A bipartisan group of 60 U.S. senators cited a Peterson Institute study that claimed currency manipulation had cost the United States 5 million jobs.
October 07, 2013
Key Inflation Indicator Goes Negative, But Don’t Panic
The rate of change of the deflator for personal consumption expenditures fell to an annual rate of -0.1 percent from the 0.0 percent rate reported earlier.
October 05, 2013
As We Move Into Budget Chaos, How Bad Is Our Fiscal Policy?
Even if the shutdown is resolved in the next few days, another round of chaos looms at mid-month, when Congress must authorize an increase in the debt ceiling.
September 30, 2013
Show Me the Money Multiplier
The multipier posits that there is a stable ratio between M2, the stock of ordinary money in the economy, which consists of currency and bank deposits.
September 23, 2013
What Does the Broad Unemployment Rate Really Tell Us?
What does U-6, issued by the Bureau of Labor Statistics, really add to our understanding of labor market conditions?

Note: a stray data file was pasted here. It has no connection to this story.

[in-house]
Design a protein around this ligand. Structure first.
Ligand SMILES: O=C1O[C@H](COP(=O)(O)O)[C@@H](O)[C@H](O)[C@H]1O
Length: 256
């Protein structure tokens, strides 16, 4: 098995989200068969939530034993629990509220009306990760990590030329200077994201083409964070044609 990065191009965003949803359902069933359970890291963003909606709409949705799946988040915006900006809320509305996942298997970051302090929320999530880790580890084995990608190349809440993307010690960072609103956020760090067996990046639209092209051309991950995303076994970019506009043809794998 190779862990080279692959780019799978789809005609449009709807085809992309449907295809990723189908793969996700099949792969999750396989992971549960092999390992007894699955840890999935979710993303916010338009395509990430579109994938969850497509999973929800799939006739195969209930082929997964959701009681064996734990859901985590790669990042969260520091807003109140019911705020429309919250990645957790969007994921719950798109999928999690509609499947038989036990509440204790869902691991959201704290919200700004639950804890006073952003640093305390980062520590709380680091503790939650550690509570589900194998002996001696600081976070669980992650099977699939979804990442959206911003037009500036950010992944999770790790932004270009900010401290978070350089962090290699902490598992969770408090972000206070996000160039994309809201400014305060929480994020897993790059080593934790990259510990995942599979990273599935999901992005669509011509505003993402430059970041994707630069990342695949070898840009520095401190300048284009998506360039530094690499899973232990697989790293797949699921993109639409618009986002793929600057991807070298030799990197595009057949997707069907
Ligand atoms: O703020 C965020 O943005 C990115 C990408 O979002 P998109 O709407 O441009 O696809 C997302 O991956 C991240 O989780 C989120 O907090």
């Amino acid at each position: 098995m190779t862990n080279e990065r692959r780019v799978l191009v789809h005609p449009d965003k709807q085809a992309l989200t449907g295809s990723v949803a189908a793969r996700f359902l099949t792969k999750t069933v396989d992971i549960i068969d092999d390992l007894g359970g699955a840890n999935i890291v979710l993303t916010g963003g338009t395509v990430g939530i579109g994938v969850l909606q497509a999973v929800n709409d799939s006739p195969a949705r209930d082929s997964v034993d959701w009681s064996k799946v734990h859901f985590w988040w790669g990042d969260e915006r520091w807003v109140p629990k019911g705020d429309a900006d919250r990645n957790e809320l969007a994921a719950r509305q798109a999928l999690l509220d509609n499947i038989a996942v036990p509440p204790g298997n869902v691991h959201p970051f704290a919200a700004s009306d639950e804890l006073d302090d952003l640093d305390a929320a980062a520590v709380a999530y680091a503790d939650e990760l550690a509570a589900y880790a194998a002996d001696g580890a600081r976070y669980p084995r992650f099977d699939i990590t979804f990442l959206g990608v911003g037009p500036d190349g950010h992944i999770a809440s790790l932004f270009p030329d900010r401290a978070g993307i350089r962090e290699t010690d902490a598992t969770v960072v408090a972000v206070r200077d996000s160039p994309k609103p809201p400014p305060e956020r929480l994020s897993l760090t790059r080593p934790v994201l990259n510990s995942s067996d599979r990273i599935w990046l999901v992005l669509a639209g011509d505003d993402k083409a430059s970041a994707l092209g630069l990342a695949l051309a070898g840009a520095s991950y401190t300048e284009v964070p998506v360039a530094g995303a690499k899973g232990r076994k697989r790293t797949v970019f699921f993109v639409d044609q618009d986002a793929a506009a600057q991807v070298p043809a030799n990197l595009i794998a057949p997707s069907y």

September 23, 2013
American Working-Age Poverty Is Near Record High
The poverty rate for working-age individuals (defined as 18 to 65 years) has risen, and has continued to rise during the current economic recovery.
September 15, 2013
Brazil’s Volatile Real: Why Currency Fluctuations Are Painful
Brazil and most other emerging markets facing currency woes have opted for floating exchange rates and open capital markets, leaving them little choice but to absorb the pain of devaluation.
August 18, 2013
Here’s How Fuel Subsidies Burden Both the Rich and the Poor
The United States, through all economic and diplomatic channels available, should support efforts to eliminate fuel subsidies everywhere.
August 05, 2013
Here’s How GDP Revisions Change Our View of the Great Recession
Why, one might ask, are GDP revisions necessary in the first place? Why are we just now learning that real GDP five years ago was larger than we thought it was at the time?
June 30, 2013
What Does the GDP’s Downward Revision Signify?
Last week’s GDP report revised the estimate for Q1 growth sharply downward, from 2.4 percent to 1.8 percent, making the rebound from the slowdown at the end of last year look less robust.
June 16, 2013
Here’s Why Latvia’s Decision to Join the Euro Makes Sense